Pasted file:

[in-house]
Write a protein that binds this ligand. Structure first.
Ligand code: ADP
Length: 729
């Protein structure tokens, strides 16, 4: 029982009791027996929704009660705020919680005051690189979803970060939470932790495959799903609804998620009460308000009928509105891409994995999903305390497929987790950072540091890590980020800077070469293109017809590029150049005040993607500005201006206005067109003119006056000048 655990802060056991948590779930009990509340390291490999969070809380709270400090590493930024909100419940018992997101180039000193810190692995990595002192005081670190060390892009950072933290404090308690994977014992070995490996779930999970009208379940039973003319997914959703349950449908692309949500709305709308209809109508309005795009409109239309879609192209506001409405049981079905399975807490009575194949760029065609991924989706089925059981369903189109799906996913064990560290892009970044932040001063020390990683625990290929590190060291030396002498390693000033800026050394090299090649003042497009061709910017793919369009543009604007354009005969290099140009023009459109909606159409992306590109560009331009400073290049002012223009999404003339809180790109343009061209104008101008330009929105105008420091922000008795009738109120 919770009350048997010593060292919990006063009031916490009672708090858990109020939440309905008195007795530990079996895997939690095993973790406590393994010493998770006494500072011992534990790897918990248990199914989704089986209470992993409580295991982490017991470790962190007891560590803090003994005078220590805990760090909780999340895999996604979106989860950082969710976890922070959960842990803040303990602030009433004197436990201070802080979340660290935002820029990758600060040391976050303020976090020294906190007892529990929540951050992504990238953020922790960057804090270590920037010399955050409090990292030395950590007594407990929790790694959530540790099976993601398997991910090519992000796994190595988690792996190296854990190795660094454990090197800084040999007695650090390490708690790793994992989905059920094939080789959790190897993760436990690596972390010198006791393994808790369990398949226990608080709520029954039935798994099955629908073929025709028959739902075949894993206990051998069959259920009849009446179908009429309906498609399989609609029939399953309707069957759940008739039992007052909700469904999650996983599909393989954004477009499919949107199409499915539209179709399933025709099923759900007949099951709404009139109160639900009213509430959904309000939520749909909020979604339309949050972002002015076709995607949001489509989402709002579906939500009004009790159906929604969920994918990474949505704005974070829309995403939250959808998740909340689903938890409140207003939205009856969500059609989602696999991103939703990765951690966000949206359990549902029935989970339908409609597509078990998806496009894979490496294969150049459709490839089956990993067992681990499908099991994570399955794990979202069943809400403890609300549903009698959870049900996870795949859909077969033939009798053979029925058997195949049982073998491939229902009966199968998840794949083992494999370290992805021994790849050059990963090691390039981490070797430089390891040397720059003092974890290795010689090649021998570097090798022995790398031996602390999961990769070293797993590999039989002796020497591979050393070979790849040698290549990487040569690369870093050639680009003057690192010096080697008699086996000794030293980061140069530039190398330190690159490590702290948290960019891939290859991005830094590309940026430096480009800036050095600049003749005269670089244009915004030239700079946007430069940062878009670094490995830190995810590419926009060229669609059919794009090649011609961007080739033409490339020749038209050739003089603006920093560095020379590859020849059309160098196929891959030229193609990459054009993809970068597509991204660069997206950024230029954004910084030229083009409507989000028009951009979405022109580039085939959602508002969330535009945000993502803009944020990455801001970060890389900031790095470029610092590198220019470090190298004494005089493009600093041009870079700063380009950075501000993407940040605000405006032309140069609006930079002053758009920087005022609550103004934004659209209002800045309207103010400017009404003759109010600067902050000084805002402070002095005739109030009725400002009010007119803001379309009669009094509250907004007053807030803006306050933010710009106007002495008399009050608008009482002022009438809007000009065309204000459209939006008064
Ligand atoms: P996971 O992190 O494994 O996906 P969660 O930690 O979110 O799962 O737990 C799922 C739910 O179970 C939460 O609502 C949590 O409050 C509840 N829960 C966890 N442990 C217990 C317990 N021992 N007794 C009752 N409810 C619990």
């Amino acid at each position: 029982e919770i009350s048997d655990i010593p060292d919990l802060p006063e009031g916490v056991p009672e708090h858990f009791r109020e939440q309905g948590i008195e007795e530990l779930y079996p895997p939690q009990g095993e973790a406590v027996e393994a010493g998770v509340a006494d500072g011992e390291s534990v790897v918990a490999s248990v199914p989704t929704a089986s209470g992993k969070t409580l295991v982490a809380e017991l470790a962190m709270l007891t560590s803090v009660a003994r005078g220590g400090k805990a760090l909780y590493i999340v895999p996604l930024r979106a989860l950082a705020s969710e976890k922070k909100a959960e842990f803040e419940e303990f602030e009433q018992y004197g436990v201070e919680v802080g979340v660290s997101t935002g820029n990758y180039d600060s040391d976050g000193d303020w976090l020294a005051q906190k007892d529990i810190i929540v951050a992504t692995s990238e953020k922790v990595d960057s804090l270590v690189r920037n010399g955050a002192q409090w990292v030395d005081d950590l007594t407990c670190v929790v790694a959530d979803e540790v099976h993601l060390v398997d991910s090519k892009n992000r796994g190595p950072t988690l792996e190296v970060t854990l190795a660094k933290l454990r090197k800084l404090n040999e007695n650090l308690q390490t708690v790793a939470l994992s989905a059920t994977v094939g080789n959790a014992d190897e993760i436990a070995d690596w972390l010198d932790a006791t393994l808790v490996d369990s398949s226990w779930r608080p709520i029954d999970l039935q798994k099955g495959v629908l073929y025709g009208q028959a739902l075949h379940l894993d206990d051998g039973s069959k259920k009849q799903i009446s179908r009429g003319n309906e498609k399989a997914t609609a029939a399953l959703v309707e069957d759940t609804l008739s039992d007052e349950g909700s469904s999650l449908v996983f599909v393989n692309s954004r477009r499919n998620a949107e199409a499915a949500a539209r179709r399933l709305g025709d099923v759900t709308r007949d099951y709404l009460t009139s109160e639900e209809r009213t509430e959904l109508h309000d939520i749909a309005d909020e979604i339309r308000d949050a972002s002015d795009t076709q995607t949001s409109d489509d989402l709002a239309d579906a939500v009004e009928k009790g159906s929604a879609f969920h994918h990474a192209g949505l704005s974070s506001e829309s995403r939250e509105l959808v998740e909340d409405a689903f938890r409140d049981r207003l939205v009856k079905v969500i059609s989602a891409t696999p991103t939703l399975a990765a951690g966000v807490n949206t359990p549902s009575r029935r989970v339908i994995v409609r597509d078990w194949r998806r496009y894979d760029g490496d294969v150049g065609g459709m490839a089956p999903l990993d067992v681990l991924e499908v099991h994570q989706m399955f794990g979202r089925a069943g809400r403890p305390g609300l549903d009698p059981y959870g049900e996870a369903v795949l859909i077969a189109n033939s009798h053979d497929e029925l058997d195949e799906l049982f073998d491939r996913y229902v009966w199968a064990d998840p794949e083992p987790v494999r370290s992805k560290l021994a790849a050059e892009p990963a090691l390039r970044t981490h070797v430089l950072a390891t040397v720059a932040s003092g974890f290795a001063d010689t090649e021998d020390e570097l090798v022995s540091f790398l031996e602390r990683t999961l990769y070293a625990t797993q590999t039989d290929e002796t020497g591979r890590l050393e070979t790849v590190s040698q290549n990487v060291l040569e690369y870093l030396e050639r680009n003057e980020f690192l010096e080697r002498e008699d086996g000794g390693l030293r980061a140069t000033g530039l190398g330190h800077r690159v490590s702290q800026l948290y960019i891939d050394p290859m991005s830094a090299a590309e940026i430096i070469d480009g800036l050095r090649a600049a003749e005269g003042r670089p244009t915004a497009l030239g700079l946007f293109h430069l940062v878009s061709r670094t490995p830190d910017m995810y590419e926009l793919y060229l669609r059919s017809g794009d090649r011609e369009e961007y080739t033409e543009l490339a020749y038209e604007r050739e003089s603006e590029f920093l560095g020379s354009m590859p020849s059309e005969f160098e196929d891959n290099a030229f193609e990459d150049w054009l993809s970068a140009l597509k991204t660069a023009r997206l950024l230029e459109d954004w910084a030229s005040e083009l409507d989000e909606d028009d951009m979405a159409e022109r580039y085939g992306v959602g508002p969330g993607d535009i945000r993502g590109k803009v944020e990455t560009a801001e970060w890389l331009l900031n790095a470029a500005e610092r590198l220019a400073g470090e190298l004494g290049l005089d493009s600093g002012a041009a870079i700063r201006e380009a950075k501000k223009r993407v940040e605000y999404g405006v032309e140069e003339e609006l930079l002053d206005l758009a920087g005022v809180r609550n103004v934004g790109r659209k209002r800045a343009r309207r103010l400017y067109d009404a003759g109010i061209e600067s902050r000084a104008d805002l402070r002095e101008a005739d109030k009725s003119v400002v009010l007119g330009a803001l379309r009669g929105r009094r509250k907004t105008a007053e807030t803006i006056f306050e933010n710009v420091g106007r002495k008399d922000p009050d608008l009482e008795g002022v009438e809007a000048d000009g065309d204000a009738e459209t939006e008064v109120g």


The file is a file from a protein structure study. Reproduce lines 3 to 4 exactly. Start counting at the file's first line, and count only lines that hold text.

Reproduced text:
Ligand code: ADP
Length: 729